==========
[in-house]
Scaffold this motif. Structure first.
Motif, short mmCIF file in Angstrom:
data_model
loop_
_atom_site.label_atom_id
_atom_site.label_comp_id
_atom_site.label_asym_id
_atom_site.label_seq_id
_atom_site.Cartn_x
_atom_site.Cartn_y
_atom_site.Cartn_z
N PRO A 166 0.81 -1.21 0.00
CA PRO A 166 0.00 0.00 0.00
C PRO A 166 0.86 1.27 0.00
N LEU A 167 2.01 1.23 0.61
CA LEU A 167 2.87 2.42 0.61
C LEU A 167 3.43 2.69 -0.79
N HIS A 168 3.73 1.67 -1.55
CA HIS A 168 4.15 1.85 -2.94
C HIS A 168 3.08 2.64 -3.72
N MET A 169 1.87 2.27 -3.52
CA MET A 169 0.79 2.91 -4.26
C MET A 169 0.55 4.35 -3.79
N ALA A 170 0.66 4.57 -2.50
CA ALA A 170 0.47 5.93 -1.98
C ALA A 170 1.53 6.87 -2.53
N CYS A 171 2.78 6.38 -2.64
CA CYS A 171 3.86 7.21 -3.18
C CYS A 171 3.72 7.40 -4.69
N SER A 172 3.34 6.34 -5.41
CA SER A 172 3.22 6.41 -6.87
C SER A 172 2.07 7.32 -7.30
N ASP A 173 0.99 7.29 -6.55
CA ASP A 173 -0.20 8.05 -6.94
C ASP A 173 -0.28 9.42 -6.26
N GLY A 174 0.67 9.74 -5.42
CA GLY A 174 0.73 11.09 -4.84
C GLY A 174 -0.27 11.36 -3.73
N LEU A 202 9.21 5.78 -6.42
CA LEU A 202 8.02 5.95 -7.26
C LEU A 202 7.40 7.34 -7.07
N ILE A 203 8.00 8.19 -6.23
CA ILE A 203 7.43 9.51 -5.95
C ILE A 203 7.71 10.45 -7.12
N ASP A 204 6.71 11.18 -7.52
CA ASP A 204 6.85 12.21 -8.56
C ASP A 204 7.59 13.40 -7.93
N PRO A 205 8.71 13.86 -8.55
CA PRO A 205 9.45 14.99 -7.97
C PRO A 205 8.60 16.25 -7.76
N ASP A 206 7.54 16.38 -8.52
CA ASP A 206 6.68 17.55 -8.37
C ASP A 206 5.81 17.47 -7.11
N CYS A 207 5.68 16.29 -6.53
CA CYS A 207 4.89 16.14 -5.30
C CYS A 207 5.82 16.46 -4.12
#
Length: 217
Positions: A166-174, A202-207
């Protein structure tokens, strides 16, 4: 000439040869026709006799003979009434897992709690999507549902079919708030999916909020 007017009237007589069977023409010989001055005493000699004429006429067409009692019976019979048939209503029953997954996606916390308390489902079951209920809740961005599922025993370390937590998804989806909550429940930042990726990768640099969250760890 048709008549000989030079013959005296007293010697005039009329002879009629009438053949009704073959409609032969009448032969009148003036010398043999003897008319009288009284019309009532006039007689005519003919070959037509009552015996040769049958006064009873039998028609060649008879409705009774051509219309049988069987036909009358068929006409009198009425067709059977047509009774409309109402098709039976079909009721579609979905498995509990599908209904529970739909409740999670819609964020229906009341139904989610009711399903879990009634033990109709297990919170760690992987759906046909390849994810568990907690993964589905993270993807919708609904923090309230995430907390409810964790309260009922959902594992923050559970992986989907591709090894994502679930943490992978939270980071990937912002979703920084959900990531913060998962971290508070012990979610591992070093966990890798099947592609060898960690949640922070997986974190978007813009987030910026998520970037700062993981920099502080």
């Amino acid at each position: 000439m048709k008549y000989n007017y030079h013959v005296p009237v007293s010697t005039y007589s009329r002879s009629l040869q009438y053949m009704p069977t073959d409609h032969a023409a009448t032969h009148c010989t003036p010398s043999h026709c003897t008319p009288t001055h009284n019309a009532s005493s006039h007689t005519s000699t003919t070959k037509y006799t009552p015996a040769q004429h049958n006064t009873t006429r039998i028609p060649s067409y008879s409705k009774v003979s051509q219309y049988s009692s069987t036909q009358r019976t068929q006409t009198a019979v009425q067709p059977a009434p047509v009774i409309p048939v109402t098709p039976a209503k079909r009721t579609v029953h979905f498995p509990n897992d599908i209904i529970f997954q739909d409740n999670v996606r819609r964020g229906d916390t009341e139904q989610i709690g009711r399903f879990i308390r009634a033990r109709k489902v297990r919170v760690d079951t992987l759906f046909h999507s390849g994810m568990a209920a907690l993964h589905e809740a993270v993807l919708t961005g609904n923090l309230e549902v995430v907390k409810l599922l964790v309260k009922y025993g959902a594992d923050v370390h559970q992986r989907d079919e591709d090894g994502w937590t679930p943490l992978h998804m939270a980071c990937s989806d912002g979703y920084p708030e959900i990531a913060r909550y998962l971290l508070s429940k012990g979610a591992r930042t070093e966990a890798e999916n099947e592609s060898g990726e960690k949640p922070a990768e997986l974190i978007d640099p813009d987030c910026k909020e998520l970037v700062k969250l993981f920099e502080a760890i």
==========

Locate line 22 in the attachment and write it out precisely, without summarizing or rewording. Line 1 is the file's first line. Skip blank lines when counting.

N MET A 169 1.87 2.27 -3.52